$4.4b Company in Mexico Hacked in Newest Ransomware Attack

$4.4b Company in Mexico Hacked in Newest Ransomware Attack
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While a lot of ransomware groups target smaller companies with revenue in the tens of millions of dollars, some groups operate exclusively to get the big fish. One such group that goes by the name of Cactus, recently hacked Bachoco – Mexico’s largest poultry producer with revenues of over $4.4 billion. 

Here’s what we’ve been able to gather about the hack.

The Attack Date, What Was Stolen, and Who’s Affected

Cactus’s website shows that the company was hacked just before the new year rolled around – 30th December. That said, the ransomware group did not state a deadline for the ransom to be paid, which is quite concerning since the data could be leaked at any moment.

details about bachoco on cactus' website

Details about Bachoco on Cactus’ website.

In terms of the data stolen, the group has access to pretty much every document that the company kept as confidential. A download link to the proof of hack was included with the published post, which includes personally identifiable information (PII) of employees, stakeholders, and customers, as well as non-disclosure agreements, financial records, and other confidential documents belonging to Bachoco. 

This proof is only a tiny fraction of the total data stolen which, as shown above, is roughly 130 GB in size. The picture below shows the ID of one individual whose identity was leaked as part of the proof on Cactus’ website (personal information blacked out):

identity leak on cactus' website

Considering the fact that the group has access to information as sensitive as this, one can assume that all stakeholders of the Mexican giant are at risk. Looking at the employees alone, Bachoco has over 25,000 employees, each of whom is critically prone to having their personally identifiable information leaked by the ransomware group. 

Who Is Cactus?

Cactus is a recent actor among ransomware groups, having only been identified and noted in the first quarter of 2023. Despite being less than a year old in the space, the group has already become synonymous with the hacks of large, often multi-billion-dollar companies, bringing them to their knees.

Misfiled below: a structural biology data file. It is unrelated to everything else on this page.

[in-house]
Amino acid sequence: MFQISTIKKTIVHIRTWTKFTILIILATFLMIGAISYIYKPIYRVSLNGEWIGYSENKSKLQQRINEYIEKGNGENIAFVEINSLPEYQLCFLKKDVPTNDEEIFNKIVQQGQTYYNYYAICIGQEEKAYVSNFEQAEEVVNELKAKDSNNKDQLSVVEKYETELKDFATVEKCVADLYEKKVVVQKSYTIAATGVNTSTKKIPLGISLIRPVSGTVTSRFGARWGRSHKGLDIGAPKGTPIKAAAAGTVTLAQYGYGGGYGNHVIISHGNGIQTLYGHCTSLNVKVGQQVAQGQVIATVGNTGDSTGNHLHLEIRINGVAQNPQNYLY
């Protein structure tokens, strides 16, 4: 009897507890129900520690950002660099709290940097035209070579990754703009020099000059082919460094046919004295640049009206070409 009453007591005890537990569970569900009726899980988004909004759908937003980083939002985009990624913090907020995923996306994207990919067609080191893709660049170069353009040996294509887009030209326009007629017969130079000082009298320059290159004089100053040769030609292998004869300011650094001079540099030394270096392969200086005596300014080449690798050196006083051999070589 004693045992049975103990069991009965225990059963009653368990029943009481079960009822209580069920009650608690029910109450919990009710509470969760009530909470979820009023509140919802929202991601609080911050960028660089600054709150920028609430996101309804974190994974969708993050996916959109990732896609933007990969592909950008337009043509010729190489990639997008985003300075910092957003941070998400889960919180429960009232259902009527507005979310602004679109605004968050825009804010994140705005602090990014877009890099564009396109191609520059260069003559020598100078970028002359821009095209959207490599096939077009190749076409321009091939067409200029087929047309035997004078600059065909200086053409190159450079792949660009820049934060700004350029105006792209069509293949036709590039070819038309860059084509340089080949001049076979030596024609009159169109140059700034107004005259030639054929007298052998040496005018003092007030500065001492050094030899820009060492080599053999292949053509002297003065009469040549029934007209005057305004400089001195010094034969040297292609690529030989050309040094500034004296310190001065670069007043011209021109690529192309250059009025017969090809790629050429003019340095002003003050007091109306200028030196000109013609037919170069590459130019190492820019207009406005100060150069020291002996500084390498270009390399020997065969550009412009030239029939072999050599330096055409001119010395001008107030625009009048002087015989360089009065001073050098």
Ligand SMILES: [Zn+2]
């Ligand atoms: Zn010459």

Although they seem new, it is likely that the group has been formulated by seasoned hackers within the space who have abandoned earlier notorious groups in favor of this new guise that is as elusive as can be.

While a lot of ransomware groups create their software to infect a system and encrypt all of the files it finds on them, Cactus’ ransomware acts in a sneaky way. It hides itself under layers of complexity to avoid detection. Its victims had likely been compromised for a considerable duration before realizing what had happened – until the files were ultimately encrypted and the ransom post published on their blog.

What’s Next for Ransomware?

Ransomware groups have been coming up with new and evermore creative ways of penetrating companies’ cybersecurity lines. The most recent hacks are a clear indication of this, which means that these attacks are likely to only get more frequent. 

With that in mind, it’s critical for you to maintain your security against these groups by making sure you have robust anti-malware software installed and updated, not clicking on suspicious links, and ensuring everyone in your firm understands the importance of cybersecurity protocols.

How Bachoco responds to the ransomware attack is something only time will tell.